I went close enough to see what sort of wood it was; Fergus liked hickory, both because it split more easily, and for the sweet taste it gave the malted grain. Jamie, deeply traditional in his approach to whisky, would use nothing but oak. I touched a chunk of split wood; wide grain, light wood, thin bark. I smiled. Jamie had been here recently, then.
Normally, a small keg of whisky was kept at the malting floor, both for the sake of hospitality and caution. “If someone should come upon the lass alone there, best she have something to give them,” Jamie had said. “It’s known what we do there; best no one should try to make Marsali tell them where the brew is.” It wasn’t the best whisky—generally a very young, raw spirit—but certainly good enough either for uninvited visitors or a teething child.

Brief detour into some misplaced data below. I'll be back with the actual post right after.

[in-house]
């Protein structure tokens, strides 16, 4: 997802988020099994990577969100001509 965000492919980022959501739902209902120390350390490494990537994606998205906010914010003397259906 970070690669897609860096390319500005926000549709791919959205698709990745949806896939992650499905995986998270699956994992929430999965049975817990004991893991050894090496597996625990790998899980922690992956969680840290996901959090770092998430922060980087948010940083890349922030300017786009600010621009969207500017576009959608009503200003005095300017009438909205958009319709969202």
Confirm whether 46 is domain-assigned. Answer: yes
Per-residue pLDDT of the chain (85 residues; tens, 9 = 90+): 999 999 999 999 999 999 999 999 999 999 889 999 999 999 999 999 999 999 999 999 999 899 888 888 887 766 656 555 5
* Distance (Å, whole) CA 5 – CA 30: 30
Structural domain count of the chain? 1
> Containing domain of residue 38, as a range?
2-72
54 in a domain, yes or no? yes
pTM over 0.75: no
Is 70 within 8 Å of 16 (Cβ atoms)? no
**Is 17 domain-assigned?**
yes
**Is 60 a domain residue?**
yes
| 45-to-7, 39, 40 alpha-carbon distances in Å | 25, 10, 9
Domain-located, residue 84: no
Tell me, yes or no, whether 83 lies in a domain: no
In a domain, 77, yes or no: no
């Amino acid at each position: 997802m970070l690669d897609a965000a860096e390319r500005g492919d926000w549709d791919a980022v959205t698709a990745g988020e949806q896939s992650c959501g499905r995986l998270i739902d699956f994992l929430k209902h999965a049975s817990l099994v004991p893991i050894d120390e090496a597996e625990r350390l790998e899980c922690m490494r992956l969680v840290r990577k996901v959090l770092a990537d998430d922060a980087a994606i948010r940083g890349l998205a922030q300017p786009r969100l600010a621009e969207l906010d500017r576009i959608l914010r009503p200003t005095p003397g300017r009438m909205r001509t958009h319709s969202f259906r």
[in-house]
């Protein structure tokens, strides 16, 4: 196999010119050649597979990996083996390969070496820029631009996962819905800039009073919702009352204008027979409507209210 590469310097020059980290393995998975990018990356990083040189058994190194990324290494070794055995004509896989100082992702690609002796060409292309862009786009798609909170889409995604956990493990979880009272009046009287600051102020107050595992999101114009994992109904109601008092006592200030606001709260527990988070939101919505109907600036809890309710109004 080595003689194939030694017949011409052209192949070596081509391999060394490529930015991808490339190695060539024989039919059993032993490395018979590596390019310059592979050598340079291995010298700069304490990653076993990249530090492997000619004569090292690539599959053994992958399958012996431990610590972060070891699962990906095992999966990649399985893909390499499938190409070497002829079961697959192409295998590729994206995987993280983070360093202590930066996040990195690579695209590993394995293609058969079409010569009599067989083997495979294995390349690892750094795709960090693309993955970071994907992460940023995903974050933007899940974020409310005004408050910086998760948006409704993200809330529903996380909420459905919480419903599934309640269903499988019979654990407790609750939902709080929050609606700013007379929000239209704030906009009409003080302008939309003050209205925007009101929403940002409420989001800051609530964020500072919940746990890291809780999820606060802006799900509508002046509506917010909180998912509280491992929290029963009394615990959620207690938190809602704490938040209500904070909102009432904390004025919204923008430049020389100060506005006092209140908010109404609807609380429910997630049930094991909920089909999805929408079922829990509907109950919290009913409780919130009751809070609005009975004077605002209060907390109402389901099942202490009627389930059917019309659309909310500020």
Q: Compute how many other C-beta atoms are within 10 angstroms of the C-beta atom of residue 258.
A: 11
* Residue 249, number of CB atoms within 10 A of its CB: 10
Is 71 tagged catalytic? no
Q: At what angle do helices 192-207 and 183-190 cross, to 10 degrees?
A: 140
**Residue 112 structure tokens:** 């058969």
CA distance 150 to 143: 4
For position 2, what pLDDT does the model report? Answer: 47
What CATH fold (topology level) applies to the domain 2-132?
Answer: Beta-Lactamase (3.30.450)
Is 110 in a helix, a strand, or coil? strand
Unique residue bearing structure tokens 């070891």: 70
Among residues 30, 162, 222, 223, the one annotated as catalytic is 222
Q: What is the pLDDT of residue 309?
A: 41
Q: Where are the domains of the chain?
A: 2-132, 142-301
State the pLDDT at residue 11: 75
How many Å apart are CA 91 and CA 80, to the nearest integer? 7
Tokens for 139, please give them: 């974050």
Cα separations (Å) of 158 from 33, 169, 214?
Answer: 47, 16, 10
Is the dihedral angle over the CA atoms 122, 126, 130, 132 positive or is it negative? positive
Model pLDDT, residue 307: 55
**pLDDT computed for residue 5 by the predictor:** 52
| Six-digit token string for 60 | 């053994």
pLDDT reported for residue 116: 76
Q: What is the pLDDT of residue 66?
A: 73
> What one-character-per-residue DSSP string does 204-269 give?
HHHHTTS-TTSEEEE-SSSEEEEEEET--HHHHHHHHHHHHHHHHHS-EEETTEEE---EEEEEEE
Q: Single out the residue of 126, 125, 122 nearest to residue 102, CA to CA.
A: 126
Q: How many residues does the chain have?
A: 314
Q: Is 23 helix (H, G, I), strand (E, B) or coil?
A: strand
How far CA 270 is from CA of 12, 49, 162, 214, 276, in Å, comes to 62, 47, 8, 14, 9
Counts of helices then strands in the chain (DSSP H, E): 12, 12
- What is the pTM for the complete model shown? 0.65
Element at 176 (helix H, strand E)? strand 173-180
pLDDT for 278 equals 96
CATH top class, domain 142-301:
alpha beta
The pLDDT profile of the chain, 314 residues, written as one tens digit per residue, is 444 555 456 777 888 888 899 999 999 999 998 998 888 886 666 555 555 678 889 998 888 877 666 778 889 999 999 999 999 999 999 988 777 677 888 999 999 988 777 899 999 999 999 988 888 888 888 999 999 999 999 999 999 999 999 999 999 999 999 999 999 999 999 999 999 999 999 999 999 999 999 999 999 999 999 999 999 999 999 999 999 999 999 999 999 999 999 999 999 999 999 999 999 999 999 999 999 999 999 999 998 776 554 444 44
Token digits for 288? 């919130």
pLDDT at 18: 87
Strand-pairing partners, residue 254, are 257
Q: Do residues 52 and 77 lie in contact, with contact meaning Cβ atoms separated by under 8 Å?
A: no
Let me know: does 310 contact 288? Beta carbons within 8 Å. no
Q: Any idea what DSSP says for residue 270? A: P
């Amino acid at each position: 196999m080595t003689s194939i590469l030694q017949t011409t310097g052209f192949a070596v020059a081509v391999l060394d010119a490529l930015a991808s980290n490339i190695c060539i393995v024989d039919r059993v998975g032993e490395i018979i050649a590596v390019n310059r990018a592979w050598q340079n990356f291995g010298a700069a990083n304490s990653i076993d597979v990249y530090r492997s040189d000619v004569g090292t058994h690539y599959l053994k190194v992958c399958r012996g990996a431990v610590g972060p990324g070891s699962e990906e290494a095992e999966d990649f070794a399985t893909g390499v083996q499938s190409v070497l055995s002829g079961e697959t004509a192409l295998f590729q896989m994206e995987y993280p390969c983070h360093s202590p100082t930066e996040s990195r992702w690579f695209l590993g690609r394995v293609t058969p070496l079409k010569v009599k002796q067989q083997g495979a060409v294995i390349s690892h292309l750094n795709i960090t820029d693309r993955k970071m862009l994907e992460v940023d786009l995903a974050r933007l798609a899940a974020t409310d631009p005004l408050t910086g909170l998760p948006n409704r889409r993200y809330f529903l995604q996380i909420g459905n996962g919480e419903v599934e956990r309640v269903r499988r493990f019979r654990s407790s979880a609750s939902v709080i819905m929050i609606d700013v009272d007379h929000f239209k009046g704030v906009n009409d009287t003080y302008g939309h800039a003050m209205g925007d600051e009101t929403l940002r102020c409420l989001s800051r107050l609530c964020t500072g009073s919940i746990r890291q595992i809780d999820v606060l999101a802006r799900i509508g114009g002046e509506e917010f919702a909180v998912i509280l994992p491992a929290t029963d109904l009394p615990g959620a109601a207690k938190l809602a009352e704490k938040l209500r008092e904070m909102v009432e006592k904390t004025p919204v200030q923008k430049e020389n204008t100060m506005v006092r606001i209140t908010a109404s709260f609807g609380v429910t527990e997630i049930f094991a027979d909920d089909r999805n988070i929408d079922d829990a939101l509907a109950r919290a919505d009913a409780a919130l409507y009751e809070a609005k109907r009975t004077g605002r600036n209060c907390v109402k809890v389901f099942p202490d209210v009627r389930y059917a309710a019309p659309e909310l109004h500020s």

“You haven’t got any taste buds yet, anyway, so what’s the odds?” I murmured to Jemmy, who stirred and smacked his lips in his sleep, screwing up his tiny face in a scowl.
I hunted about, but there was no sign of the small whisky keg either in its usual place behind the bags of barley or inside the pile of firewood. Perhaps taken away for refilling, perhaps stolen. No great matter, in either case.
I turned to the north, past the malting floor, took ten steps and turned right. The stone of the mountain jutted out here, a solid block of granite thrusting upward from the growth of turpelo and buttonbush. Only it wasn’t solid. Two slabs of stone leaned together, the open crack below them masked by holly bushes. I pulled my shawl over Jemmy’s face to protect him from the sharp-edged leaves, and squeezed carefully behind them, ducking down to go through the cleft.
The stone face fell away in a crumple of huge boulders on the far side of the cleft, with saplings and undergrowth sprouting willy-nilly in the crevices between the rocks. From below, it looked impassable, but from above, a faint trail was visible, threading down to another small clearing. Hardly a clearing; no more than a gap in the trees, where a clear spring bubbled from the rock and disappeared again into the earth. In summer, it was invisible even from above, shielded by the leafy growth of the trees around it.